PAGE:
SUBMISSIONS AND PLACEMENT
Immediately after each year’s event, planning and reorganization begin, especially for the art submission questionnaire. Artists complete a form on the Burning Man web site, and their answers are recorded in a database. The structure of web form and the database must mesh, so questions correspond to answers. The Art team creates this form to gather as much information as possible so we can understand exactly what an artist will create at the event. The Art Department is here to facilitate participants’ creativity, because we do believe that anyone can create art.
The major change for the questionnaire in 2003 dealt with modifying classifications of fire effects. The Performance Safety Team (PST) is the oversight group created to assist those creating art with fire, flame effects, or pyro. As creative minds experiment with new forms of fire art, the PST must remain ready to adapt to those changes. The new fire art classifications have been created to help the PST determine the severity of danger and inherent hazards associated with each artwork, and to determine whether the artist truly understands what they are proposing. The artist must read and understand the safety issues associated with any fire effect to be used before they can answer the questions that relate to that effect. If specific questions are not answered, the questionnaire does not accept the submission. At least this was the way it was intended to work. Because of a glitch in the system, some participants answered only part of the questions and provided insufficient detail. The Art team then had to follow up with more questions, and this process presented the team with extra work.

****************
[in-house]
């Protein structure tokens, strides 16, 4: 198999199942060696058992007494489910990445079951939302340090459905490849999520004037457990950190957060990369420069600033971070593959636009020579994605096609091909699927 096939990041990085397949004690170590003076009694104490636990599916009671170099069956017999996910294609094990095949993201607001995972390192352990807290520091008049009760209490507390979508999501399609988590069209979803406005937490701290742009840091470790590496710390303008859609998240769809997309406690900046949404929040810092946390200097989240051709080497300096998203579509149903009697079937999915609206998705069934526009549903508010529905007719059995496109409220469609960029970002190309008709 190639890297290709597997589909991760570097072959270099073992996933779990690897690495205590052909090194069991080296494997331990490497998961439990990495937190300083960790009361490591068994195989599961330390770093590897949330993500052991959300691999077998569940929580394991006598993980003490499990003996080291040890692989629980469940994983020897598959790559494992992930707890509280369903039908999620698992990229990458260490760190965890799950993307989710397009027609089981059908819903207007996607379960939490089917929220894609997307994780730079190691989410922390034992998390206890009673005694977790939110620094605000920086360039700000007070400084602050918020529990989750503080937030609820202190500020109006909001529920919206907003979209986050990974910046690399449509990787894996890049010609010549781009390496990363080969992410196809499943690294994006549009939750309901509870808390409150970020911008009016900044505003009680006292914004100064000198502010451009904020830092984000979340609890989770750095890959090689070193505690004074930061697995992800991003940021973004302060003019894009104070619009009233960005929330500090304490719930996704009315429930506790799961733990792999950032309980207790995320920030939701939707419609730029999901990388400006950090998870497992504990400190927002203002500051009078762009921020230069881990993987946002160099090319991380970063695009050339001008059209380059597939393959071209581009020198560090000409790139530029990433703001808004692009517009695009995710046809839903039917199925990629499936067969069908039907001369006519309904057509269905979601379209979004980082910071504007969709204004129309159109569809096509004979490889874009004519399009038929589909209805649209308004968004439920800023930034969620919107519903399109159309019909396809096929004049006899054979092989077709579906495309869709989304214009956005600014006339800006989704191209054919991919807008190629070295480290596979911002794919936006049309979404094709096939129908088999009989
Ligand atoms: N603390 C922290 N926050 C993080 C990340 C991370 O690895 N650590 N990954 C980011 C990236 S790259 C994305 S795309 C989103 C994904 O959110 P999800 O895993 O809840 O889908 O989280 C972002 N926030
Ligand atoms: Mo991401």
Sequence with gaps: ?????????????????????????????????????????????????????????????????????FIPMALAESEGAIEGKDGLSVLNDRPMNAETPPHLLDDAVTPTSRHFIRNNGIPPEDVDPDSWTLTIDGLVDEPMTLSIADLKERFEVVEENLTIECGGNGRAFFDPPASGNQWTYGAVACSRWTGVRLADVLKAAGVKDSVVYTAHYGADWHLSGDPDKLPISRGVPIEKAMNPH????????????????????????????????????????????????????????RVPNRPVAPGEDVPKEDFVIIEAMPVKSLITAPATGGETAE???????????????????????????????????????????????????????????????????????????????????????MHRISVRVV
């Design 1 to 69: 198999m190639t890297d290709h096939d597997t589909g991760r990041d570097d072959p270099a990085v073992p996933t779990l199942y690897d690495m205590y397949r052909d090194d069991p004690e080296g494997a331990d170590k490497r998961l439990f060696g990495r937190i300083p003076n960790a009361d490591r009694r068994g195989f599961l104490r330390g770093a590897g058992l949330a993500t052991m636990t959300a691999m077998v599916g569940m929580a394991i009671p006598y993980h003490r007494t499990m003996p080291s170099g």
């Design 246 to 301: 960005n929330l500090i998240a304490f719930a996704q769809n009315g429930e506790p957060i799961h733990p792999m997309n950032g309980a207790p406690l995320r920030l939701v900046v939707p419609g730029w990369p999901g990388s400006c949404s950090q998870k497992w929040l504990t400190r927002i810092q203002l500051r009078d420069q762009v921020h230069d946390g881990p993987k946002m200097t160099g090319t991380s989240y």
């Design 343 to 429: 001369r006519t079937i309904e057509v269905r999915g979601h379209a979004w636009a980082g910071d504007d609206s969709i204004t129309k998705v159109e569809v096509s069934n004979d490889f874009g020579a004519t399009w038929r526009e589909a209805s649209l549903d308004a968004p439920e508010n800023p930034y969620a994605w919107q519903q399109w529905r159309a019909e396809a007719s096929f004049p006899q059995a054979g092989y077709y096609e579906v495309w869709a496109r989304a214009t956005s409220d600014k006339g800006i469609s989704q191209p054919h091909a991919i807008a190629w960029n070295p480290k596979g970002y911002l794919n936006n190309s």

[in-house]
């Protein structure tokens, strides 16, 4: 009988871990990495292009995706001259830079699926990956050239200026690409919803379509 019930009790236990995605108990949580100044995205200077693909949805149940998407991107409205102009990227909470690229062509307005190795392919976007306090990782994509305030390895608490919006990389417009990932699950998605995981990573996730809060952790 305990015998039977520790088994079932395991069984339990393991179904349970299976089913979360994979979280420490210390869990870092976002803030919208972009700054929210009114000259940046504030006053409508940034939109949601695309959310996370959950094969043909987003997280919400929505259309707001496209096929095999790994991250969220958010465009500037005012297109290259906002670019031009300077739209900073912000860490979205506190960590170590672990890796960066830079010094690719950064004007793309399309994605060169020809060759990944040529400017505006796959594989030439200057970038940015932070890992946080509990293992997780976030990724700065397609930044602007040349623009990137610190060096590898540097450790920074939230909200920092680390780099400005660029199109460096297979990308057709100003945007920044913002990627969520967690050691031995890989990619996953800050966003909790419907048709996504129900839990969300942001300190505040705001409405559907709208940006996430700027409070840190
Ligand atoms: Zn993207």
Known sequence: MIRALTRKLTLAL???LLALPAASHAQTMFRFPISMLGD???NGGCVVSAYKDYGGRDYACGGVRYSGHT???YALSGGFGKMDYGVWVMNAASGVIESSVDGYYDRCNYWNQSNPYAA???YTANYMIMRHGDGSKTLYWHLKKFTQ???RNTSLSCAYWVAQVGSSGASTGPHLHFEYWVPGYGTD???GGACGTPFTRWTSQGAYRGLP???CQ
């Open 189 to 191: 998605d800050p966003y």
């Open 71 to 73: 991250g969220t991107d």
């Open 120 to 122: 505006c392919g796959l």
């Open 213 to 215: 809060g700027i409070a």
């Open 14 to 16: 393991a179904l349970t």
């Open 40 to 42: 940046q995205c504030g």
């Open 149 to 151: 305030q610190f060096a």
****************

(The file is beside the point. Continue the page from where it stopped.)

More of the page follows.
Art and theme camp questionnaires should open to the public at the same time. If someone is submitting both questionnaires, the common deadline makes economical use of their time. In 2003, this date was slated for March 1. Because of the need to revamp the flame questions, the Art Department was nearly 3 weeks late in opening the questionnaire. In 2004 we are pushing for an earlier opening date to be in synch with the theme camp form.
PREPARATIONS FOR THE PLAYA
Mapping all artwork to be placed on the open playa is an essential part of preparations before the Art team arrives on the event site. This map is not unlike a game plan for football or choreography for a dance routine. We have learned throughout the Burning Man Project that better organization before we hit the playa helps us to better accommodate anything that might come up at the last minute.
Since 1999, a grid system has overlaid the preliminary plan for the city. We have found that this grid works so well for planning that we still use it today.
The Man’s position defines the geographic center where Black Rock City survey starts. Streets radiate out from the Man through the city to the trash fence, and concentric circle streets intersect them, spaced 200 feet apart. Each year we start with a giant plan of the city (6 feet by 6 feet), attached to a wall in the San Francisco office. For the next 5 months, one by one, names and images of artwork start appearing on and next to the map.